Time and again, in practically all media outlets, contrary or according to law, camouflaged political campaigns in one form or another are openly heard, printed and/or displayed – without the least remorse on the part of the candidates but with big election costs spent. As a matter of principle, it can be said with rhyme and reason that the said self-selling electoral propaganda only attract and possibly even convince but the gullible. The thinking electorate are by and large amused by it – at most. Meantime, the world of media is raking in the profits. And why not?
Among the almost innumerable political advertisements in favor of this and that candidate for election, there is one that merits attention on account of its inherent self-contradiction. Here: There is the clear and loud cry against the vice of drugs – with however the also subliminal campaign for the vice of gambling by the mere figure of the candidate. It can be said that the otherwise meritorious anti-drug campaign slogan is neutralized if not actually ridiculed by a well known pro-gambling promotion. This particular interesting election campaign phenomenon is in effect self-defeating. To be against one vice but in favor of another vice is patently unacceptable among decent families, in upright communities, and in sober society as a whole.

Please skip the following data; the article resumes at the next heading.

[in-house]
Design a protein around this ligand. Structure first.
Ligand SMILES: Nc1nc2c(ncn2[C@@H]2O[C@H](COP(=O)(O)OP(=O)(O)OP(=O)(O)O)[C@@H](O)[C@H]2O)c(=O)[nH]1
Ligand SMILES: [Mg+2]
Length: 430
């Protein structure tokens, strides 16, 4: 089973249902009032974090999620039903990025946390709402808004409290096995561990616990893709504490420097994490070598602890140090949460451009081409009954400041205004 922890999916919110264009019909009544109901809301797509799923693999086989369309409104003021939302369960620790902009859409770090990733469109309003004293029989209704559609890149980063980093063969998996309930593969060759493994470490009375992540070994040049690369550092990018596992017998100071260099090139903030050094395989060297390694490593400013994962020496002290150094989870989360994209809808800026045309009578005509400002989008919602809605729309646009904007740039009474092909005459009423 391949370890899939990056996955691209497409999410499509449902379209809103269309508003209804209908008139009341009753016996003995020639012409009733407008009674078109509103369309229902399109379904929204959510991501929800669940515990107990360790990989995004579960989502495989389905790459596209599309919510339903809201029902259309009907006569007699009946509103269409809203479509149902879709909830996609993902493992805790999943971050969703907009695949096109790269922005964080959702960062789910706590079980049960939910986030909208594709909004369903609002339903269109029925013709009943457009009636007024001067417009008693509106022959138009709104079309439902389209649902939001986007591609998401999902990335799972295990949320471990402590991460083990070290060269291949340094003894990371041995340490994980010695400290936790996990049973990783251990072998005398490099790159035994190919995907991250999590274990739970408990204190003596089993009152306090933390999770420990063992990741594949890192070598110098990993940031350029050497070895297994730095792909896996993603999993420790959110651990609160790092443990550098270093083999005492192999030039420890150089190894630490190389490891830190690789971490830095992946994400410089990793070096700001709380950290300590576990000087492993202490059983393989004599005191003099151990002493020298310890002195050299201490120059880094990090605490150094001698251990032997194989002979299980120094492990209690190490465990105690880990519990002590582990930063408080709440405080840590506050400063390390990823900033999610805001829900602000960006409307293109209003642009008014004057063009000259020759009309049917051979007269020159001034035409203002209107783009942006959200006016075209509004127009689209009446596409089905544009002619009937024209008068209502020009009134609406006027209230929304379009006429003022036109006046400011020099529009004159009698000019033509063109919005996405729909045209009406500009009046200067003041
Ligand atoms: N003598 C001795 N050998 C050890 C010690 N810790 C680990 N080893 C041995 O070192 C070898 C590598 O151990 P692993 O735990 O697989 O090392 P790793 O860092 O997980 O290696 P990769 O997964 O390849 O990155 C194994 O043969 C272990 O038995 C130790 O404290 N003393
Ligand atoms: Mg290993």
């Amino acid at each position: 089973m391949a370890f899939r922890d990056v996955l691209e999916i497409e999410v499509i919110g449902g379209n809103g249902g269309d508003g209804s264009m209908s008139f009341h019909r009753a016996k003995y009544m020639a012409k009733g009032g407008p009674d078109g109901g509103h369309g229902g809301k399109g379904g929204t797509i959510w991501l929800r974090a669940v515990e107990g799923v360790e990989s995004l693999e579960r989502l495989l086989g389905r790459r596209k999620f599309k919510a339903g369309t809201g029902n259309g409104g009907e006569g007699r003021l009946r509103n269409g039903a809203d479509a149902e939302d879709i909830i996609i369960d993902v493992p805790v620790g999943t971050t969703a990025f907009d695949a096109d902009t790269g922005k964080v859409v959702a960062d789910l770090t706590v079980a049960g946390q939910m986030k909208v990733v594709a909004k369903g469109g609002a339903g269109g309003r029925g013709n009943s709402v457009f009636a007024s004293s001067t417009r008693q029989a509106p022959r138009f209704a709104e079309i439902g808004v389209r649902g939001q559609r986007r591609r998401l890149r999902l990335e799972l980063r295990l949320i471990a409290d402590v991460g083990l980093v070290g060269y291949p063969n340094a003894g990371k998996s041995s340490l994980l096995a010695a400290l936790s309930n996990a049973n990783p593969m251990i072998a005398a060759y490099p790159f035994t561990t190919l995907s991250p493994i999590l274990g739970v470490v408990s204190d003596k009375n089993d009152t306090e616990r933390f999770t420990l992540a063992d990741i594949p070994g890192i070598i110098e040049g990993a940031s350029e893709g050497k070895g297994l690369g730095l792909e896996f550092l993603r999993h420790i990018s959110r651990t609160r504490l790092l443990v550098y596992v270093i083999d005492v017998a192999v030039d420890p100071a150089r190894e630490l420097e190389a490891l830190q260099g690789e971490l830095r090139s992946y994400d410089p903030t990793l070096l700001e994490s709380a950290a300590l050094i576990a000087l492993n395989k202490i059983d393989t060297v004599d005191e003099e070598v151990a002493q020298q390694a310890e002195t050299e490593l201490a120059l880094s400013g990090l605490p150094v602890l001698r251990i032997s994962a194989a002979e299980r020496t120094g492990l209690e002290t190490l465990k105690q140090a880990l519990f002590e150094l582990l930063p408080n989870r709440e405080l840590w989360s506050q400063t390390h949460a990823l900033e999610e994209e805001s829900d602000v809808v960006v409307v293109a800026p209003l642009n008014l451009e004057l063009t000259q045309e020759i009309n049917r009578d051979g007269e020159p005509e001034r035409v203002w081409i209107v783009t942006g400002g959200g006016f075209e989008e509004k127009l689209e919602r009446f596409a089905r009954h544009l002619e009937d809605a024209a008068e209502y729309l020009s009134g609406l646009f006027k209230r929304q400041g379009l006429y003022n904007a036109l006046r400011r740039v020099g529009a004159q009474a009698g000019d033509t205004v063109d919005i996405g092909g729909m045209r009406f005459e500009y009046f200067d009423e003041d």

The election slogan says something like this: If drug is done away with thoroughly, the Filipinos are thereby rendered free. There is a good amount of truth in this thought pattern. This otherwise ethically sound proposition is however seriously undermined whereas the proponent himself is well known for the promotion of gambling. Expressly condemning one vice while categorically promoting another vice, does not make sense. To say the least, it is a bare self-contradiction.
The standard song that there is a whale of a difference between legal and illegal gambling – unlike prohibited drugs that are all illegal – finds its futility on the following premises:
One, legalizing the vice of gambling does not make this a virtue. Two, legalizing the vice of gambling is legalizing as well a cruel addiction with its gross personal and serious family liability. Three, legalizing the vice of gambling is sanctioning deceit and corruption usually associated with gambling addiction.
In other words, an election campaign against drugs would be more credible and honorable were the campaigner not known for the promotion of gambling all over the Country – with the proud claim and campaign too that the national gambling institution is going international. It is definitely not enough that local gamblers are earnestly enticed to lust for easy money. It has even become convenient if not necessary, to avidly invite foreign gamblers to foment their addiction – usually together with money laundering. Wherefore, it is a given that drug intake is taboo. At the same time: “Kapag sugal ay nawala, and Pilipinong and pinagpala”.
December 23, 2009